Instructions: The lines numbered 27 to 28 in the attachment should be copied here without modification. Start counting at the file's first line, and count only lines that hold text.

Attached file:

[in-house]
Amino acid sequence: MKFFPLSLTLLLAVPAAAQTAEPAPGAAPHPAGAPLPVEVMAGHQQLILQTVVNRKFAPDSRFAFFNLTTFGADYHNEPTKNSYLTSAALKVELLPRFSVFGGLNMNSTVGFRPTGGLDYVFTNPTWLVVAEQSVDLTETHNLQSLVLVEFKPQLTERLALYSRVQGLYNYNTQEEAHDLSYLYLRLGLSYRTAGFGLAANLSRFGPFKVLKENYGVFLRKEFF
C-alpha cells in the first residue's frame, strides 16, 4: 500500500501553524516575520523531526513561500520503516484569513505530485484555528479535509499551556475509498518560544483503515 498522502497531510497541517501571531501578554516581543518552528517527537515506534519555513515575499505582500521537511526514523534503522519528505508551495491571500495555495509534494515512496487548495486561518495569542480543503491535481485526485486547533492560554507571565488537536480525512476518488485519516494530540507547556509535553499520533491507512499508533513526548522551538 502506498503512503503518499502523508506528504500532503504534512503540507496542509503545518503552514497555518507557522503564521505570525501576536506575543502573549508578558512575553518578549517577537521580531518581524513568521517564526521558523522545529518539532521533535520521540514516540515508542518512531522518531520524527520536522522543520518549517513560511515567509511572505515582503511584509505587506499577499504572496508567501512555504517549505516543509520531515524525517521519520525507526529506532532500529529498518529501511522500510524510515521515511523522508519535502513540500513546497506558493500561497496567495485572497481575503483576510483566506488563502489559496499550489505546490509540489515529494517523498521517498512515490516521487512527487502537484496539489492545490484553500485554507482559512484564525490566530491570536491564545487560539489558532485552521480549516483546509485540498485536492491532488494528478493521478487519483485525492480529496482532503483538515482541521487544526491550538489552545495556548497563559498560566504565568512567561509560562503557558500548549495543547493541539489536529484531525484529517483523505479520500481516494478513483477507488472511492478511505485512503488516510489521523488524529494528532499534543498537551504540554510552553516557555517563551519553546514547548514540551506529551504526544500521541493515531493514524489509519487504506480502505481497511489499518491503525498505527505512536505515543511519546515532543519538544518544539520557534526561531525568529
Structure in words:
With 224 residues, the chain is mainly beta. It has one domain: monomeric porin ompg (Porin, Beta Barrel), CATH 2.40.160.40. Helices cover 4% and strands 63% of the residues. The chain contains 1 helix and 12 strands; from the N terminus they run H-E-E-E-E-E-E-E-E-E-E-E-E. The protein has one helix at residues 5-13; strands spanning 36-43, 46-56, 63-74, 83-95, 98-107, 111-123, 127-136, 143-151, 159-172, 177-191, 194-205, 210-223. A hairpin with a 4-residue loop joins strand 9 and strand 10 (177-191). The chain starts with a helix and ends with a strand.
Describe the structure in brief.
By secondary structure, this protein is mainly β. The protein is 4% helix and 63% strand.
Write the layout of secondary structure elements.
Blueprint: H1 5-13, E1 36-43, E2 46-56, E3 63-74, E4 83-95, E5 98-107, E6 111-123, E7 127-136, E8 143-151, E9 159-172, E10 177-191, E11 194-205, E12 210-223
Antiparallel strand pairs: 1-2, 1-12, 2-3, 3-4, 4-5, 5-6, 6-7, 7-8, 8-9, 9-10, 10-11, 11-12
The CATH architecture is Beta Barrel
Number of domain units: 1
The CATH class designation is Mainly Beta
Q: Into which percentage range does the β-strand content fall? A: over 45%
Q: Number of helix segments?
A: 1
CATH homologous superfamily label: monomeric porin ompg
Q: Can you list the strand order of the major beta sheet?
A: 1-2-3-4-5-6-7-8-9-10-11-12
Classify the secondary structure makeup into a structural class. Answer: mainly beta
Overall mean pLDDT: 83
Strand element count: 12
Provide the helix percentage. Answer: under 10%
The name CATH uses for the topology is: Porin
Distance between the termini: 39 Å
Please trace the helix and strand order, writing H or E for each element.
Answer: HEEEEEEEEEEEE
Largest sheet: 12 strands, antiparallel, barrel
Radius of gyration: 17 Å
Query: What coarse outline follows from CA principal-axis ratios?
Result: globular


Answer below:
Answer: HEEEEEEEEEEEE
Largest sheet: 12 strands, antiparallel, barrel